Heather Heaton, a multiple-subject credential candidate, who had been doing student teaching in a kindergarten class, records a presentation as part of the SacStateWAC enrichment program for K-12 students. (Photo courtesy of Heather Heaton)
By Jonathan Morales
Among the many challenges posed by the COVID-19 pandemic is a two-fold hit to the state’s education system.
With schools closed across the region and state, K-12 students are stuck at home, in need of learning. Simultaneously, dozens of Sacramento State teacher candidates are trying to determine how to complete state-required student-teaching hours after being deprived of their traditional learning venues.
Sacramento State’s College of Education created an innovative solution to both challenges: an online academy providing lessons across a variety of subjects and ages, prepared and taught by Sacramento State credential students.
The Sac State Web Academy (SacStateWAC) is available to all K-12 students looking for additional enrichment lessons – or parents trying to keep their kids engaged and occupied during coronavirus-caused school closures.
Lessons generally are to feature three elements: a video clip explaining the content; an activity to engage students in the content; and a quiz or other assignment at the end. They are not required to be “live,” meaning students can complete them on their own schedule.
“If you have time and you want to learn about something new and something cool, you can watch a video with a real teacher explaining it, you can communicate with that teacher, ask questions, do assignments, and then take tests to see if you learn anything,” said Alexander Sidorkin, College of Education dean.
CBS 13: Sac State Launches ‘Online Academy’ To Help With Distance Learning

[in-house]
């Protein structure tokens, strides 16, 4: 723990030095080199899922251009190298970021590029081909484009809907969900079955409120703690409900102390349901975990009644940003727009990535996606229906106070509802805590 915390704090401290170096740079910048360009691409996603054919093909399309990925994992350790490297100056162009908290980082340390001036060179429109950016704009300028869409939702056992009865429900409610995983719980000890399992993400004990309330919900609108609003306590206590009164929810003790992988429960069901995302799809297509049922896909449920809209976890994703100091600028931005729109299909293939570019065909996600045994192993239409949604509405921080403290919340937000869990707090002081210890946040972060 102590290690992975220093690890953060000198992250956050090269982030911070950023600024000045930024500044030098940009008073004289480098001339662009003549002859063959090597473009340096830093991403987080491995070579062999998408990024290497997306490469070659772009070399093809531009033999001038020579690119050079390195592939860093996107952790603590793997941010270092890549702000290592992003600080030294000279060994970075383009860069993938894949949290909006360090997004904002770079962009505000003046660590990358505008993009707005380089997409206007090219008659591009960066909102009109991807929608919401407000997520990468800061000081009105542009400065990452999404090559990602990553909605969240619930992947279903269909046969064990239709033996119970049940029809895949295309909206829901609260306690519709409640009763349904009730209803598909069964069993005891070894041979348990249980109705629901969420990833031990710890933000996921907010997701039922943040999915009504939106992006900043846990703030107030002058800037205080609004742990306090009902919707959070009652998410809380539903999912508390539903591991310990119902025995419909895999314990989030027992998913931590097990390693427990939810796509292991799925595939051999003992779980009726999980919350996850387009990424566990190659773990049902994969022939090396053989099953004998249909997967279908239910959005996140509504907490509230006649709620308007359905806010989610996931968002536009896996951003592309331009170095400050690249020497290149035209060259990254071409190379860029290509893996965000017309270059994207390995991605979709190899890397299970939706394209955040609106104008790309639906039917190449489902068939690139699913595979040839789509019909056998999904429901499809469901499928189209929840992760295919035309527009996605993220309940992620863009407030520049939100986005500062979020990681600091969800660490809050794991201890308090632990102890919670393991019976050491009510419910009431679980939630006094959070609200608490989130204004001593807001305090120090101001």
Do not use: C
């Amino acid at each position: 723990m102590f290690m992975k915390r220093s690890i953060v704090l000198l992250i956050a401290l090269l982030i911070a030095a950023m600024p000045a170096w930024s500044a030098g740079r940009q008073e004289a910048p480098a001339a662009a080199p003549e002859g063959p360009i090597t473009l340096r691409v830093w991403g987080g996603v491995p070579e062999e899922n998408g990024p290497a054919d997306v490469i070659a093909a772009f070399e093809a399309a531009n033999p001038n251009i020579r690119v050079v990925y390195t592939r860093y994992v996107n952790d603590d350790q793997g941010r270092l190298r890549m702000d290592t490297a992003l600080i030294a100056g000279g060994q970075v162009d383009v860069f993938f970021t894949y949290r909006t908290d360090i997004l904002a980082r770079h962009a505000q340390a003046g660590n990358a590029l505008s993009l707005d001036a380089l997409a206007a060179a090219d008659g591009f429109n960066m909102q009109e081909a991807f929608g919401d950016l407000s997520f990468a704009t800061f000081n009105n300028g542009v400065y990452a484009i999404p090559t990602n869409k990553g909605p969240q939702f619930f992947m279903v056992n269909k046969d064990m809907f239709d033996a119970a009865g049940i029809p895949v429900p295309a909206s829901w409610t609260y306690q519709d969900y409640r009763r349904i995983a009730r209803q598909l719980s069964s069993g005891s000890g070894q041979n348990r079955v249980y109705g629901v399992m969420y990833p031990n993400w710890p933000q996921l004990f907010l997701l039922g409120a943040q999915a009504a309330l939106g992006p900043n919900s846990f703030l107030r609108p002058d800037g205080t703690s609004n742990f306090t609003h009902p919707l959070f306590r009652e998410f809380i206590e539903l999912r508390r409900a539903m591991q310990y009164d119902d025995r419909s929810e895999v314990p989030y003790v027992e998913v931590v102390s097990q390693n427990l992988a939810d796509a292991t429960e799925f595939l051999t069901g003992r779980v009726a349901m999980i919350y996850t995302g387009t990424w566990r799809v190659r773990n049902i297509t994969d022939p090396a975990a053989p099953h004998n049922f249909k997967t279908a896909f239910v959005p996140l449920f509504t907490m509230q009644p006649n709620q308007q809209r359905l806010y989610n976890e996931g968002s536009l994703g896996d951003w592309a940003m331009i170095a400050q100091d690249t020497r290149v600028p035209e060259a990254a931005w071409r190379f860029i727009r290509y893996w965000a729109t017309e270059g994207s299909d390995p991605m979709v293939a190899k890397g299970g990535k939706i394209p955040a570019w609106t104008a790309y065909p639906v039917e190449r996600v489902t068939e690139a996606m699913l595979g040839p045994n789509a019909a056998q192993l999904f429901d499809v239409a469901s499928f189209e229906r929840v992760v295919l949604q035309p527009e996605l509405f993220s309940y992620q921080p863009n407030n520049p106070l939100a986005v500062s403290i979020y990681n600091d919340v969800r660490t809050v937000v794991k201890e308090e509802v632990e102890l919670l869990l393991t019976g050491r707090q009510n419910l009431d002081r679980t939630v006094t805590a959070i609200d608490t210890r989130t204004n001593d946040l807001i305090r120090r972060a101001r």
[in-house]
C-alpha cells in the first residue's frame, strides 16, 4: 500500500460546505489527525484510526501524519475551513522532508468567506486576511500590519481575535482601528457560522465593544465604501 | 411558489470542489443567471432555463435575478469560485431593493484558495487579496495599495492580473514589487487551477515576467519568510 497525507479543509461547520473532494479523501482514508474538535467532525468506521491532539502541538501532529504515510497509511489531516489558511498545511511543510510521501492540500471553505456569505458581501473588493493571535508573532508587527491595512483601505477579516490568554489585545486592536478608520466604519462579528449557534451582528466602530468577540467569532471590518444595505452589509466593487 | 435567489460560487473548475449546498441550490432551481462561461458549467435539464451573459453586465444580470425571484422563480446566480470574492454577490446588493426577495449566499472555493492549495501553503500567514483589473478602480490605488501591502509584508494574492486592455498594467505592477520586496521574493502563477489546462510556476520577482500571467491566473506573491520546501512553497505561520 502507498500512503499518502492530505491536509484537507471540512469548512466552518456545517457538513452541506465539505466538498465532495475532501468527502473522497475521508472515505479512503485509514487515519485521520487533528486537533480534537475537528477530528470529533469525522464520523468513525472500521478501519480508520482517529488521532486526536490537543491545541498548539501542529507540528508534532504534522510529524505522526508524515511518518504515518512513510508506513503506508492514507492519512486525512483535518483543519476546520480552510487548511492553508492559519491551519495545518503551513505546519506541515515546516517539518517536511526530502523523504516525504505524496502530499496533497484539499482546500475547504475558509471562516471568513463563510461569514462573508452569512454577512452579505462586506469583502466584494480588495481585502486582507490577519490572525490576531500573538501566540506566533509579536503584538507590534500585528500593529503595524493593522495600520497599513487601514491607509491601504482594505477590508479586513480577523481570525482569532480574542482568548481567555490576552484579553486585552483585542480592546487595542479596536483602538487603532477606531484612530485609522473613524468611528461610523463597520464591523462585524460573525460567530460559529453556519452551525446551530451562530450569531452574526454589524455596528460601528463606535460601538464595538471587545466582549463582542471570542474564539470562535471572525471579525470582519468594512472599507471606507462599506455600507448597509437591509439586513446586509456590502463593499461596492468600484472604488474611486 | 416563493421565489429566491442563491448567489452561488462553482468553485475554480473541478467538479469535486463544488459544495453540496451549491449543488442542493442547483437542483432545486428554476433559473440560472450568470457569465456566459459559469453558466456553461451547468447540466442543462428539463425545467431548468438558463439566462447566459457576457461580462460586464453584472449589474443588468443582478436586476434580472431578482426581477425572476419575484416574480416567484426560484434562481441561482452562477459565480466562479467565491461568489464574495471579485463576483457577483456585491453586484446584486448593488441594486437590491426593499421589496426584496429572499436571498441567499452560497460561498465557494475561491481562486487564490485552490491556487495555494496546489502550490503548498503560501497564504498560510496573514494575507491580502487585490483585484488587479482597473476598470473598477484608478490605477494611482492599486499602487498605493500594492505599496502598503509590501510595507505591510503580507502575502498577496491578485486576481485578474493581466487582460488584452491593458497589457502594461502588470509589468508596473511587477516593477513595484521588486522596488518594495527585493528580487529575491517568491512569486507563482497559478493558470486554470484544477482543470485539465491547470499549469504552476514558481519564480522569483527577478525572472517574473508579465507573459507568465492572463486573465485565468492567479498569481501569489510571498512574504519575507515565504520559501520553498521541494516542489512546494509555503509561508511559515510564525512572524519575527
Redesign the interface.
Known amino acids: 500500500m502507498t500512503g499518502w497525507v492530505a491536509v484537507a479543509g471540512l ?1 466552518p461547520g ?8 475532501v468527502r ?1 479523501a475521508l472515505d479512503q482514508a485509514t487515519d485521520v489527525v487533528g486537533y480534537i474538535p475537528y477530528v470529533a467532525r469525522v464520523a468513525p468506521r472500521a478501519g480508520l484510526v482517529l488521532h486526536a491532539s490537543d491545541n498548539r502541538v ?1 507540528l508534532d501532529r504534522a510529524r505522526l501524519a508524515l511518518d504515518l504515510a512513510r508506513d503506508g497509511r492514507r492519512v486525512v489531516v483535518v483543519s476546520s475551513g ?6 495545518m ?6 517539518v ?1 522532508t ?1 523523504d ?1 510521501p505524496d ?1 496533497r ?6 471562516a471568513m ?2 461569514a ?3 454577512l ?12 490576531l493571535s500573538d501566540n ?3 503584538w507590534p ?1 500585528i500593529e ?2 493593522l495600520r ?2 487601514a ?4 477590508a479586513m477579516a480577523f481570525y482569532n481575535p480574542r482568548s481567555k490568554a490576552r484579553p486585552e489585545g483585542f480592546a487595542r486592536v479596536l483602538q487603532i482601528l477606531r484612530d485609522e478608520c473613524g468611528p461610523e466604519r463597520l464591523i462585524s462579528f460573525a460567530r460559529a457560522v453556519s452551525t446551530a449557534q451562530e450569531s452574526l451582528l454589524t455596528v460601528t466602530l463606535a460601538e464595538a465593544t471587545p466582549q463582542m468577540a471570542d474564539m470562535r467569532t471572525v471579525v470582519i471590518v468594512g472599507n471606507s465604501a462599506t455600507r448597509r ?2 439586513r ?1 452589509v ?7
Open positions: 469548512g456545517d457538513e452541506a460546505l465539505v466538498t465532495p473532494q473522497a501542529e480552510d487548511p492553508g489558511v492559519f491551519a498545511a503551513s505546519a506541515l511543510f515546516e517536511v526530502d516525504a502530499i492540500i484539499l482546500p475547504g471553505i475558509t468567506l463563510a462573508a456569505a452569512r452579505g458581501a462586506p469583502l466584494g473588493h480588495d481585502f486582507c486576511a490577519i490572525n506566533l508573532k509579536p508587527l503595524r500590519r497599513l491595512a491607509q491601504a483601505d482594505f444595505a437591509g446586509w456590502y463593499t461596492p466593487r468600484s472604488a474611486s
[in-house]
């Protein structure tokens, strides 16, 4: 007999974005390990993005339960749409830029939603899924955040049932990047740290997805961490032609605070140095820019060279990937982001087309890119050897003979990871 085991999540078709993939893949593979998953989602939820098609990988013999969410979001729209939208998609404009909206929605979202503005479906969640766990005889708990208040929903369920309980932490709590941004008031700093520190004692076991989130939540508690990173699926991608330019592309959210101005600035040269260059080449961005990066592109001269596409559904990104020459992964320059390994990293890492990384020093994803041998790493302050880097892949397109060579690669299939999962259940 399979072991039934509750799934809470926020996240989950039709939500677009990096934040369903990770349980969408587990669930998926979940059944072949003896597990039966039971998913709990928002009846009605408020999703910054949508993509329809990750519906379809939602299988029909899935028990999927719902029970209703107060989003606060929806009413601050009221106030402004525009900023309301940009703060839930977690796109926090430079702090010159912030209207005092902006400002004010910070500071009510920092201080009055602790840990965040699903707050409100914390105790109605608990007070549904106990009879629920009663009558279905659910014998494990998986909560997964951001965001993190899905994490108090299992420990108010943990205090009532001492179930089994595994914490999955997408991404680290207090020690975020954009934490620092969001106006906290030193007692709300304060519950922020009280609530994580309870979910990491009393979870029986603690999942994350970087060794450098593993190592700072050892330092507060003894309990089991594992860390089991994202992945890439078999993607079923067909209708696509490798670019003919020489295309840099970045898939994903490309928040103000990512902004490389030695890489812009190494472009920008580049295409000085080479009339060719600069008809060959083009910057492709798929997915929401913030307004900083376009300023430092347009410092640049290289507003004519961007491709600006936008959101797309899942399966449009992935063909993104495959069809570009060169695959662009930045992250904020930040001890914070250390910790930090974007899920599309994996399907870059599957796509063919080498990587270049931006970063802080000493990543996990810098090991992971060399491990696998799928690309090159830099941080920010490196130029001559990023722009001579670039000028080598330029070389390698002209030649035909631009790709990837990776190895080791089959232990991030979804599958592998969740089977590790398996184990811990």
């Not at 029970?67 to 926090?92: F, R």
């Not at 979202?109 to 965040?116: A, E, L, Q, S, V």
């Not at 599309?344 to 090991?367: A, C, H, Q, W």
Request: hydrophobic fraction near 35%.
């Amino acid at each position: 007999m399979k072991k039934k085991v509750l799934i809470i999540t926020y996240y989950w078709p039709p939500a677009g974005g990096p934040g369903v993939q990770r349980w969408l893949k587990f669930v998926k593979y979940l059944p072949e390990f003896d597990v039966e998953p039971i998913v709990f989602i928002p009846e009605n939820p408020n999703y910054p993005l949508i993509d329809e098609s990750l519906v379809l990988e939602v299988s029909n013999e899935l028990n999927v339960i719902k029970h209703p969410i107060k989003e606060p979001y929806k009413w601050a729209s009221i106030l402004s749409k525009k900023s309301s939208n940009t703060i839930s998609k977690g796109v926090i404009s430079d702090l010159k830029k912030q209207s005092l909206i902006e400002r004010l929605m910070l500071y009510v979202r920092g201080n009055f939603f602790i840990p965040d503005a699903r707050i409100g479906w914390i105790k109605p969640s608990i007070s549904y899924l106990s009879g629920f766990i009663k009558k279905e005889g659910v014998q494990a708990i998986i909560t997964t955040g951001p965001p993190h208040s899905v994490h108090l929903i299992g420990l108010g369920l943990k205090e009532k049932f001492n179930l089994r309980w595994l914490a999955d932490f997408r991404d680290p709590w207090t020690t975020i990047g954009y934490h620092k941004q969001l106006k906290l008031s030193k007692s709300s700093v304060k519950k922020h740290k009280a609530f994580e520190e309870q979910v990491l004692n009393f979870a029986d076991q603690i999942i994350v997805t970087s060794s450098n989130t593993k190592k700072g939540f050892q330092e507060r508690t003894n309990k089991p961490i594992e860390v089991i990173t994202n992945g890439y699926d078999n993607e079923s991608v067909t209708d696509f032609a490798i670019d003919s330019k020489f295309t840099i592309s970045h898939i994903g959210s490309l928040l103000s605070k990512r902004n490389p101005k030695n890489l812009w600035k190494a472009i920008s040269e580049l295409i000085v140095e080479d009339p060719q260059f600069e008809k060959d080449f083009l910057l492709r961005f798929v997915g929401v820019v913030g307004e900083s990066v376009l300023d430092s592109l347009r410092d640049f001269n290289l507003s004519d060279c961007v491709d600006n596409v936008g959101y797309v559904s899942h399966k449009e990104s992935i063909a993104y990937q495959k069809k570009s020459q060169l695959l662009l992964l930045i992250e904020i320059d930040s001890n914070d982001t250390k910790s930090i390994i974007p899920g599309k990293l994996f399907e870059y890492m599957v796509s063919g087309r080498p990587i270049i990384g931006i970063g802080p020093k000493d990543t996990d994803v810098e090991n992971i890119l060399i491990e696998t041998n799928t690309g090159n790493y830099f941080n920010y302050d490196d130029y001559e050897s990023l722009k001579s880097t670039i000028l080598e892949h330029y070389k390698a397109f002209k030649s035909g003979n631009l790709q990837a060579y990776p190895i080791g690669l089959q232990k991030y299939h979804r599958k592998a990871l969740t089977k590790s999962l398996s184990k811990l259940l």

The lessons are to serve purely as enrichment, Sidorkin said, meant to supplement and not replace curriculum that districts are providing during closures. Completely confidential, students will use only their first or preferred names and communicate with teachers through online tools such as Google Docs.
The California Commission on Teacher Credentialing has confirmed that time Sacramento State credential students work to develop and provide lessons through SacStateWAC will count toward required student-teaching hours, Sidorkin said. That’s especially important considering that student-teaching opportunities have been interrupted by K-12 school closures.
Though the method of delivery is different, the process for developing the courses is similar to the student teaching credential that students traditionally have done. They develop the curriculum, implement it, reflect on their teaching, and receive feedback from their supervisors. And they’ll use the skills they learned during their educational-technology class, a required course for all students in the credential program.
“It’s going to be fun for the kids, but it’s serious work for our teacher candidates,” Sidorkin said. “We’re not lowering standards because of this.”
During a March 20 Zoom call with teaching-credentials faculty and students to explain the program, dozens of virtual hands went up when Associate Dean of Education Pia Wong asked how many students planned to participate. Heather Heaton was one of them. A multiple-subject credential candidate who had been working in a kindergarten classroom, she saw her student-teaching put on hold when the school closed.
Heaton’s primary motivation for participating in SacStateWAC was getting enough hours to earn her credential. Also attractive, she said, is having the opportunity to learn and practice new skills.
“One of my goals has been to get better acquainted in technology and some of the educational tools that are available online,” she said. “I'm just trying to keep a positive outlook and think of this as a really fun project that I can work on and still get the hours I need, while also providing students a form of education at home.”
Lessons uploaded to the SacStateWAC website will remain at least until the end of the semester. Sidorkin said that if the program proves successful, the college could keep it going even after schools reopen. He said research shows that students who receive enrichment opportunities are more successful elsewhere in their academic life.
“This is an example of how a university can help the region in a time of need, but it’s also mutually beneficial,” he said. “It’s not just us providing a public service, but taking care of our students as well.”